Range Report: SIG SAUER’s Best Pistol—the P229

By Bob Campbell published on in Range Reports

The SIG Sauer P229 is widely recognized by SIG pistol fans as one of the best designed and proportioned of the SIG P series pistols. The P229, in some ways, builds on the compact P228 9mm. However, the short and heavy slide of the P229 has no counterpart in a full-size pistol. Many American law enforcement officers, including the Secret Service and Federal Air Marshals, use the P229. As peace officers using the SIG may rightly state, “When the brass chooses the SIG for the rank and file, you know they have not purchased the low bid.”

The Trigger

The ancestor of the P229, and cornerstone of the SIG P series, is the SIG P220. Precision manufacture, excellent accuracy and top-flight reliability characterize the P220, which features a smooth double-action trigger press and excellent the trigger leverage. The trigger press actuates a draw bar that both cocks and drops the hammer, hence the term double action. After the first shot, the slide recoils and cocks the hammer for additional single-action shots. To safely lower the hammer from the full-cock position, a handy frame-mounted de-cocking lever is located just forward of the left grip and above the push-button magazine release.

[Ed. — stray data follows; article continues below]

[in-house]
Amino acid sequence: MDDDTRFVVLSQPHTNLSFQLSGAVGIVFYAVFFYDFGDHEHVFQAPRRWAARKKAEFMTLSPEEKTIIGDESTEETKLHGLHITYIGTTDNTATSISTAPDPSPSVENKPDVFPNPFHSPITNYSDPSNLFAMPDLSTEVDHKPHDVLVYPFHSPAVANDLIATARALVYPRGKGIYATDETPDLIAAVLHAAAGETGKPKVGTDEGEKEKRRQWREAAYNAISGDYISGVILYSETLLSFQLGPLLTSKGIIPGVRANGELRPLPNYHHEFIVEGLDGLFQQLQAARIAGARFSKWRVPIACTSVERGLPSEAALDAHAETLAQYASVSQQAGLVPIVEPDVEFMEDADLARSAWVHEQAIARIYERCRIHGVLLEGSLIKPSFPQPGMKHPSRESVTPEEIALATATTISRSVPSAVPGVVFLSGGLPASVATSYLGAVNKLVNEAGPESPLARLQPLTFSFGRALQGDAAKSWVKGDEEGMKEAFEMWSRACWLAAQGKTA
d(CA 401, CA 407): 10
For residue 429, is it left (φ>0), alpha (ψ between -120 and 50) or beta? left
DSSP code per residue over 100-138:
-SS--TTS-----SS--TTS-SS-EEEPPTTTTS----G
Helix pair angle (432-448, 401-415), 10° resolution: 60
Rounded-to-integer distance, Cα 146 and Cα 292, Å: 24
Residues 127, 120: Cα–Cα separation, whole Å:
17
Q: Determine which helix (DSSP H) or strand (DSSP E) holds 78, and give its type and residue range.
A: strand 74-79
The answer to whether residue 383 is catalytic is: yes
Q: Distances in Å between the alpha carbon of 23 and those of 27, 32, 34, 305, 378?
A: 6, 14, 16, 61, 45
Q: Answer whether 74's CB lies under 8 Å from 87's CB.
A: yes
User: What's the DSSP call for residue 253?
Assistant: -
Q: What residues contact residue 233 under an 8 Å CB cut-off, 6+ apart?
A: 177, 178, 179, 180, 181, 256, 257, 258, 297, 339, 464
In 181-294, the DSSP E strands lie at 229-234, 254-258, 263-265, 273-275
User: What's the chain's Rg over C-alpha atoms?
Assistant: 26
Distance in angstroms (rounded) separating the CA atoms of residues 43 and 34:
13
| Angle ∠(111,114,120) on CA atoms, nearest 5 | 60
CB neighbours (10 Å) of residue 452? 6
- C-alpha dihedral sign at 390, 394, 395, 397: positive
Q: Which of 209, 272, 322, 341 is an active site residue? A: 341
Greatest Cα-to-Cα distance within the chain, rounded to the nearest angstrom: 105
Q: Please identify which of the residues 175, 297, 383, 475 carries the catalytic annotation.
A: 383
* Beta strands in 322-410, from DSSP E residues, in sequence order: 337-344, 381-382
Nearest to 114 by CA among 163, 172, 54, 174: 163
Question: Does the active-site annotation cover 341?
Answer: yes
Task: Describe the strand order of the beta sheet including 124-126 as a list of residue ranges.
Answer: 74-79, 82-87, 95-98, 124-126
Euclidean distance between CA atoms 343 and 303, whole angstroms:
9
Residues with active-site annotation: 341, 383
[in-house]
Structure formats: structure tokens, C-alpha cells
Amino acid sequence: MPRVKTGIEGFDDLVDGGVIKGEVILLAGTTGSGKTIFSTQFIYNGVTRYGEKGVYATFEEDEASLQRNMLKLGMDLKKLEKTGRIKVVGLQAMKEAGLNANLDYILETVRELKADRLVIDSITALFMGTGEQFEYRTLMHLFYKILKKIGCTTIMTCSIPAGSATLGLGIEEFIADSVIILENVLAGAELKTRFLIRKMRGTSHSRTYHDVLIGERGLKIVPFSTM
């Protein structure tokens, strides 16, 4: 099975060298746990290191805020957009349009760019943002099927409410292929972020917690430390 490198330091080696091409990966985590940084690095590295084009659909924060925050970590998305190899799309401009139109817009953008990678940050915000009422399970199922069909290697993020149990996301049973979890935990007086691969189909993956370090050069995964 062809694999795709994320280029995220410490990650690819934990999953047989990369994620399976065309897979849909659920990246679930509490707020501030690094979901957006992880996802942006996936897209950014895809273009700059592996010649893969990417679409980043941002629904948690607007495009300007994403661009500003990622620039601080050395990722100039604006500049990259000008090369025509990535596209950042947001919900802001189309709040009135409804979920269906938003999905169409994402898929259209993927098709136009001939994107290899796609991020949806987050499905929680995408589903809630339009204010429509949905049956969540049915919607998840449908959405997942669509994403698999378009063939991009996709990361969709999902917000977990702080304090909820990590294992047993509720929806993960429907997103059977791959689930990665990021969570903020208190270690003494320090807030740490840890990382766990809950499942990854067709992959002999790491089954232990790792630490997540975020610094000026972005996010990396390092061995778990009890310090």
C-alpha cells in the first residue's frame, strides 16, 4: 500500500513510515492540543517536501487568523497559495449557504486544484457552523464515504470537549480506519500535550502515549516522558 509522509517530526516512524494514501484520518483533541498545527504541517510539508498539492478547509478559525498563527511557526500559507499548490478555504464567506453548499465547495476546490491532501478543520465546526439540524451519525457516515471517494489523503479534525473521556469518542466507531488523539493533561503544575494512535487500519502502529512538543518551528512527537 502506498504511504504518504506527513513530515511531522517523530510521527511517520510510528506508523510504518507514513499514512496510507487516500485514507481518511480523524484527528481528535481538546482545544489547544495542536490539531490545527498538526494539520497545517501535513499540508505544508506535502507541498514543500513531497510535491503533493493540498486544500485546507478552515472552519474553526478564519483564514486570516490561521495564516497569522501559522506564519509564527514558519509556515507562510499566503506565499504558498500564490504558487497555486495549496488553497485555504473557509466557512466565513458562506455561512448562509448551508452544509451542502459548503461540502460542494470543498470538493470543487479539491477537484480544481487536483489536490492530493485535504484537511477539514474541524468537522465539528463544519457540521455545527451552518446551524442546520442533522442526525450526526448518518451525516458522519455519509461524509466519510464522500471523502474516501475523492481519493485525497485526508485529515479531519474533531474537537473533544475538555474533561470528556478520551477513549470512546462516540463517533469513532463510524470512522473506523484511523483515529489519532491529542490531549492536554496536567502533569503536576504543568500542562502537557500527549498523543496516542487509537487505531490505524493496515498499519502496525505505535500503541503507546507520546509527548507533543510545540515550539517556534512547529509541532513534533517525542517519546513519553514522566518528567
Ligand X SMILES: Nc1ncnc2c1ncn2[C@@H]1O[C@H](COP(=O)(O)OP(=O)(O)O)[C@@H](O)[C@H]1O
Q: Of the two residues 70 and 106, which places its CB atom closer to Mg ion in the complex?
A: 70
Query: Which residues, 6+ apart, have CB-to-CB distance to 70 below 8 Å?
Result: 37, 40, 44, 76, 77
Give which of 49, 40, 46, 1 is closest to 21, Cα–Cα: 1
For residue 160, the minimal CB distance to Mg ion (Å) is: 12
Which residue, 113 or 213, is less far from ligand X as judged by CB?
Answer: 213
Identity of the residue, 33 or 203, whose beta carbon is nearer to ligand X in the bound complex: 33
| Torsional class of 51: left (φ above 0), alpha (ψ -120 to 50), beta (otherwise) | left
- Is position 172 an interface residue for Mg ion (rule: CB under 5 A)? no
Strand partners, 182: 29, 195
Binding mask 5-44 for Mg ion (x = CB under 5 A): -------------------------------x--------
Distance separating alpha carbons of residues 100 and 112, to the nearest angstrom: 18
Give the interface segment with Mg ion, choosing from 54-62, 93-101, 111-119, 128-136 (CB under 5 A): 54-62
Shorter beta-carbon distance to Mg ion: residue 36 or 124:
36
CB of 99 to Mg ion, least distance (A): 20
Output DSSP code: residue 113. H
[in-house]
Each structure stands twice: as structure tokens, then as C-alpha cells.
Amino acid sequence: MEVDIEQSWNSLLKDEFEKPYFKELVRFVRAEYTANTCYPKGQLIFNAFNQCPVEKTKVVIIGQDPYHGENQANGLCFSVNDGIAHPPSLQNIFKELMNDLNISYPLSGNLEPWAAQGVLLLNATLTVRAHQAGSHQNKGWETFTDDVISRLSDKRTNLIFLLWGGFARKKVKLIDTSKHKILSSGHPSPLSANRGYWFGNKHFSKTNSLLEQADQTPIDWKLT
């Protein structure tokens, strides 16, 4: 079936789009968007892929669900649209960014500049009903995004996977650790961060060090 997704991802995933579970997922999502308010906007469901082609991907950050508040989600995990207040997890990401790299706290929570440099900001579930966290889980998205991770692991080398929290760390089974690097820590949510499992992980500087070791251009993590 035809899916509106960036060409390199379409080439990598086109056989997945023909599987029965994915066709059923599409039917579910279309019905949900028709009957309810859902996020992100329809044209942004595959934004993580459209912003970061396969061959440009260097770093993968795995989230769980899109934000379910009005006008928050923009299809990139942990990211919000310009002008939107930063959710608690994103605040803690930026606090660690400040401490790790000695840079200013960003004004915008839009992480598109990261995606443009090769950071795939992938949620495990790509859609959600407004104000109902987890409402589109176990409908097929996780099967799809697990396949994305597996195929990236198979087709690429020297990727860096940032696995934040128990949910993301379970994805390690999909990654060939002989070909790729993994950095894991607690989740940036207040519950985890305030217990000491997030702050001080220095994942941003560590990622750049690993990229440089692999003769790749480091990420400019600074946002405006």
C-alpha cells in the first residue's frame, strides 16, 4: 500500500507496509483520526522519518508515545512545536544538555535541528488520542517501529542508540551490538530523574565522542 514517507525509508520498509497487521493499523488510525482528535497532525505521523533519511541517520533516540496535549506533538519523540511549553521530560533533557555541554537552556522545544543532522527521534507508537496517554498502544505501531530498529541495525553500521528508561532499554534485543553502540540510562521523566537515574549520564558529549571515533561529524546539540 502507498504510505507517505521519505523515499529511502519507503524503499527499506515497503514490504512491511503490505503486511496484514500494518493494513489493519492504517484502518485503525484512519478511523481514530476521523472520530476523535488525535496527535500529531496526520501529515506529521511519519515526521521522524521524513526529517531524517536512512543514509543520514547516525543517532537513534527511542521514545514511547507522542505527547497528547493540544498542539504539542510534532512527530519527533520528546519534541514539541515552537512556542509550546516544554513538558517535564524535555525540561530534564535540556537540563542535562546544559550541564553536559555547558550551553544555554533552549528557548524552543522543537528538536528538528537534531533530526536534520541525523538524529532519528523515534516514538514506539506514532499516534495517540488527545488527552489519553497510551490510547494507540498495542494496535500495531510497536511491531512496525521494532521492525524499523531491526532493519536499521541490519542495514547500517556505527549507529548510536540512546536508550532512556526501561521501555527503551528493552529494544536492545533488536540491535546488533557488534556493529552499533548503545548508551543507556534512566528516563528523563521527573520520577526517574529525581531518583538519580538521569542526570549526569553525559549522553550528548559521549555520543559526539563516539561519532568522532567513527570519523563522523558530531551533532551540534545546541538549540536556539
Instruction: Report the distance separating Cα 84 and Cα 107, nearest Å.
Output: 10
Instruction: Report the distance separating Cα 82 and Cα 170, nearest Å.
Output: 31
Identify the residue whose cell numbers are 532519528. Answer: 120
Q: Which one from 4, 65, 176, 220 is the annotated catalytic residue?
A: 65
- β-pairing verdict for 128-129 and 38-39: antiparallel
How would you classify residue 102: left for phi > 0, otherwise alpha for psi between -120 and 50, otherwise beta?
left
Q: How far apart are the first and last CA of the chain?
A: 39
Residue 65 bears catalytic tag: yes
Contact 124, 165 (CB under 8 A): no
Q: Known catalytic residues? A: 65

The Slide and Lockup

This Nitron finished P229 features a light rail and night sights.

This Nitron-finished P229 features a light rail and night sights.

The slide runs inside the frame rails rather than on the rails, as is the case with most competing designs, which gives the SIG a lower bore axis than most double-action pistols. The height of the centerline of the bore above the hand means a lot in handgun geometry. The lower the centerline of the bore or bore axis, the less leverage for the muzzle to rise in recoil. Even though the double-action pistol usually has a higher bore axis than a single-action, the SIG is an efficient design.

The P series uses the proven lockup now generally called the “SIG” lockup. Rather than using locking lugs, the barrel hood butts into the ejection port. The system allows excellent practical accuracy. The original P220 came in 9mm, and the .38 Super and .45 ACP followed. Then came the the modified, compact versions, including the P225 and the high-capacity P226 9mm pistol. The P228 is a compact version of the P226.